The application for a waiver of inadmissibility is the remedy available in certain circumstances for a condition that blocks a person from obtaining permanent resident status. In essence the waiver is the forgiveness of the problem making the immigrant ineligible for a visa even though he otherwise qualifies for it.

A Highly Technical Area of the Law

Do not try at home. You may need a waiver of inadmissibility if any of the following apply to you:

  • You have been unlawfully present for more than a year and are not eligible to adjust status from within the U.S. (e.g. entered without inspection less than ten years ago and did not have ‘papers filed’ for you before April 30, 2001.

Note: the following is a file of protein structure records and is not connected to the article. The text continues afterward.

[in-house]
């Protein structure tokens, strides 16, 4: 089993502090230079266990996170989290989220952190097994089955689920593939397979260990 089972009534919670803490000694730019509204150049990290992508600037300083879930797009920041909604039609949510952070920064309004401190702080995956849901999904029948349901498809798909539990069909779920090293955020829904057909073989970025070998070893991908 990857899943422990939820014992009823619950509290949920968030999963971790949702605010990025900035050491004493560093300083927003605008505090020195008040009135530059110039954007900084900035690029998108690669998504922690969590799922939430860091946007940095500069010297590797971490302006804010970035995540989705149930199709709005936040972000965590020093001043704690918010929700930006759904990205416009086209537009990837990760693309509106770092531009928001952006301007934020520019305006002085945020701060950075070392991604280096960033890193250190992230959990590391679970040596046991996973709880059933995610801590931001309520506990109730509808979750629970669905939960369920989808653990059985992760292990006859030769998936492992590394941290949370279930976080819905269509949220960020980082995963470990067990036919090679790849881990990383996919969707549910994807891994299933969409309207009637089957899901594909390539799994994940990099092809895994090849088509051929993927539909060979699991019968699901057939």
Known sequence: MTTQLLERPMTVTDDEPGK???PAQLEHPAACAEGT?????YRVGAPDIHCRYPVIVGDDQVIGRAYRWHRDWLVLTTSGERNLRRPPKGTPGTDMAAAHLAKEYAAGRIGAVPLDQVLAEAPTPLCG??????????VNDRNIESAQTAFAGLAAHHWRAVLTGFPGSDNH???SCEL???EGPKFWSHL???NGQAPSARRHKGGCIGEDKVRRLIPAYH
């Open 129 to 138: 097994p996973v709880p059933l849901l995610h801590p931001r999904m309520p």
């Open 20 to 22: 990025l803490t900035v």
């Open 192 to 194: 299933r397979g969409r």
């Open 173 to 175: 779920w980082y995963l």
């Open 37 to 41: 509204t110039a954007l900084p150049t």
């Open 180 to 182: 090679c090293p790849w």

• You have committed misrepresentation or fraud
  • You have been convicted of a crime for which the maximum possible penalty is greater than one year
  • You have been convicted of simple possession of marijuana under 30 grams
  • You have HIV

This is not a complete list of things for which you would need a waiver, but they are among the most common. If you entered lawfully on most types of visas, went out of status and later married a citizen, you probably don’t need a waiver.